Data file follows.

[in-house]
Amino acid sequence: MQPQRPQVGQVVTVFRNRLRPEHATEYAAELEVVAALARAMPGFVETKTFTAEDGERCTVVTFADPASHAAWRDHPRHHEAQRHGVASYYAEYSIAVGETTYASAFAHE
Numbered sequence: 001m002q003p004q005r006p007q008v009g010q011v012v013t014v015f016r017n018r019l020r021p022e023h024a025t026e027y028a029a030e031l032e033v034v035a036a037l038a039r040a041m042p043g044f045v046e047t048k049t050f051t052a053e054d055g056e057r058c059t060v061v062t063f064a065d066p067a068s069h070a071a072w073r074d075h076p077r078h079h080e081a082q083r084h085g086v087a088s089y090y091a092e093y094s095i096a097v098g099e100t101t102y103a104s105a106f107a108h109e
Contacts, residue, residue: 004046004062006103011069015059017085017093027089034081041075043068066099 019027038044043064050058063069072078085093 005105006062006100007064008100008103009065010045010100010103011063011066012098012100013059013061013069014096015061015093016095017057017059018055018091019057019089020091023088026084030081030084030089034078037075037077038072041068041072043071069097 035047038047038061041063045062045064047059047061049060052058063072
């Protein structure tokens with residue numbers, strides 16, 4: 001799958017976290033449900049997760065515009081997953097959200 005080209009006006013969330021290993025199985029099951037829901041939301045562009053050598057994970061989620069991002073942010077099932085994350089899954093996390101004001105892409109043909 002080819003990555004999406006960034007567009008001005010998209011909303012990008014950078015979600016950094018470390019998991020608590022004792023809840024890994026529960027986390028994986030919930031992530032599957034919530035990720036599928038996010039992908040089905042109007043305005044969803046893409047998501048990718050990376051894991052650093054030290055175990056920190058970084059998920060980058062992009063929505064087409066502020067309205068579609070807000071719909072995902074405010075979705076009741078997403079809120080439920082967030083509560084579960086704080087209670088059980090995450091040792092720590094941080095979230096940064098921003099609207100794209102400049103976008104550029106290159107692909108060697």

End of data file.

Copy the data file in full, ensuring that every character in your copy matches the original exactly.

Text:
[in-house]
Amino acid sequence: MQPQRPQVGQVVTVFRNRLRPEHATEYAAELEVVAALARAMPGFVETKTFTAEDGERCTVVTFADPASHAAWRDHPRHHEAQRHGVASYYAEYSIAVGETTYASAFAHE
Numbered sequence: 001m002q003p004q005r006p007q008v009g010q011v012v013t014v015f016r017n018r019l020r021p022e023h024a025t026e027y028a029a030e031l032e033v034v035a036a037l038a039r040a041m042p043g044f045v046e047t048k049t050f051t052a053e054d055g056e057r058c059t060v061v062t063f064a065d066p067a068s069h070a071a072w073r074d075h076p077r078h079h080e081a082q083r084h085g086v087a088s089y090y091a092e093y094s095i096a097v098g099e100t101t102y103a104s105a106f107a108h109e
Contacts, residue, residue: 004046004062006103011069015059017085017093027089034081041075043068066099 019027038044043064050058063069072078085093 005105006062006100007064008100008103009065010045010100010103011063011066012098012100013059013061013069014096015061015093016095017057017059018055018091019057019089020091023088026084030081030084030089034078037075037077038072041068041072043071069097 035047038047038061041063045062045064047059047061049060052058063072
């Protein structure tokens with residue numbers, strides 16, 4: 001799958017976290033449900049997760065515009081997953097959200 005080209009006006013969330021290993025199985029099951037829901041939301045562009053050598057994970061989620069991002073942010077099932085994350089899954093996390101004001105892409109043909 002080819003990555004999406006960034007567009008001005010998209011909303012990008014950078015979600016950094018470390019998991020608590022004792023809840024890994026529960027986390028994986030919930031992530032599957034919530035990720036599928038996010039992908040089905042109007043305005044969803046893409047998501048990718050990376051894991052650093054030290055175990056920190058970084059998920060980058062992009063929505064087409066502020067309205068579609070807000071719909072995902074405010075979705076009741078997403079809120080439920082967030083509560084579960086704080087209670088059980090995450091040792092720590094941080095979230096940064098921003099609207100794209102400049103976008104550029106290159107692909108060697």